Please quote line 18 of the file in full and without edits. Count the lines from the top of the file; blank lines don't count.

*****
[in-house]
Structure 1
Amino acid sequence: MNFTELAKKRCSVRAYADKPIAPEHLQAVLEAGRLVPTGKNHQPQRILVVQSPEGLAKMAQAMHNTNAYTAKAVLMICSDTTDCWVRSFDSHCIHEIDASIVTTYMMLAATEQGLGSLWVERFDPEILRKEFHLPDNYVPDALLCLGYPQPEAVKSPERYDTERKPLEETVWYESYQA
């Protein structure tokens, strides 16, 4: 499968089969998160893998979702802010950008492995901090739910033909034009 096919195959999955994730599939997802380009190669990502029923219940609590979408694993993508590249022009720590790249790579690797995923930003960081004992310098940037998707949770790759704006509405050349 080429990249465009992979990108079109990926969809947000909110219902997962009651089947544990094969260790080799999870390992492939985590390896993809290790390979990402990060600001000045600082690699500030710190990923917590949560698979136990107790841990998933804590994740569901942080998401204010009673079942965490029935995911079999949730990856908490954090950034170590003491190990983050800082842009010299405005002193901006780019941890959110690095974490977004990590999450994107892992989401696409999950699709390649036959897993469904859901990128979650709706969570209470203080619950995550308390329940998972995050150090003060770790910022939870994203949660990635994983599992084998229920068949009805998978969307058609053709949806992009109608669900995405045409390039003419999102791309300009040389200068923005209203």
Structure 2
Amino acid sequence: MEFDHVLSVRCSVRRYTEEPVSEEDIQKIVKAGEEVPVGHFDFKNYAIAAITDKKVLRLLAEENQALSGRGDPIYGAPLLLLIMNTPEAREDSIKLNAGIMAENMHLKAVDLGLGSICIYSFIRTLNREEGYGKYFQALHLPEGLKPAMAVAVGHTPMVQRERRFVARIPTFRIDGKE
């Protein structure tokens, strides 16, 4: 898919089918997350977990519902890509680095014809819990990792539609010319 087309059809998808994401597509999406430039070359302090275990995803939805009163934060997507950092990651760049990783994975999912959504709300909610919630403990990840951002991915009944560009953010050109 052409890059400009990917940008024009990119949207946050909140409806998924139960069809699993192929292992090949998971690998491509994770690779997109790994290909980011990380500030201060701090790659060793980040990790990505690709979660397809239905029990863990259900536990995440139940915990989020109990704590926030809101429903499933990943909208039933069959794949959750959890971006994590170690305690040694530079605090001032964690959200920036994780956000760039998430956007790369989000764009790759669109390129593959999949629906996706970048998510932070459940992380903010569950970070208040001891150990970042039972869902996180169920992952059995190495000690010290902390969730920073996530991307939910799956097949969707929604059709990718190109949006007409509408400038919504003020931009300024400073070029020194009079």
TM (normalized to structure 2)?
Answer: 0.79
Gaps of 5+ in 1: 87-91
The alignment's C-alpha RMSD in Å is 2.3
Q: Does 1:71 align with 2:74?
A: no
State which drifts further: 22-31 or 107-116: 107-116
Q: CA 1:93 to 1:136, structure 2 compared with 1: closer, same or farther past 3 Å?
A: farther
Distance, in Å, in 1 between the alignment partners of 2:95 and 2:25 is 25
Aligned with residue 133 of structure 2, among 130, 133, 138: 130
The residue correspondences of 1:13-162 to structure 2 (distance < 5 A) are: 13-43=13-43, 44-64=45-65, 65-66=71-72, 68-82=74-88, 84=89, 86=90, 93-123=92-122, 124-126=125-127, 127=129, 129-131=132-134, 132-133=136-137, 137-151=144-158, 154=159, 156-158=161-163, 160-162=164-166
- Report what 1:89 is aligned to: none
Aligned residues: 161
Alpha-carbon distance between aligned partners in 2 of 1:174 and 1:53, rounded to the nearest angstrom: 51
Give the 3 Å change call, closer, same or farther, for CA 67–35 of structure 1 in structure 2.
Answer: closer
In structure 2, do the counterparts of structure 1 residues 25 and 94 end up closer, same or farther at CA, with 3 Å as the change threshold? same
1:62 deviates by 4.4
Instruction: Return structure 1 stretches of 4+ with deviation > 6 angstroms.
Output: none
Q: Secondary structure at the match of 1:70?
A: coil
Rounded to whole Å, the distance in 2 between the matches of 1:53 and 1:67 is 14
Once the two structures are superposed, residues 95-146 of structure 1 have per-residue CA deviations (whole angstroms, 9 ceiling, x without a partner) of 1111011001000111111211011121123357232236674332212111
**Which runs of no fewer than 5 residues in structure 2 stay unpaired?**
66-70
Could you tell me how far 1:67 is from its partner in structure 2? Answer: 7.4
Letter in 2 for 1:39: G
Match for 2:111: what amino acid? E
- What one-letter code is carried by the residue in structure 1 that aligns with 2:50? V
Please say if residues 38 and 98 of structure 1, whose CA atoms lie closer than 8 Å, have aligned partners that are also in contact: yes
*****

Aligned with residue 133 of structure 2, among 130, 133, 138: 130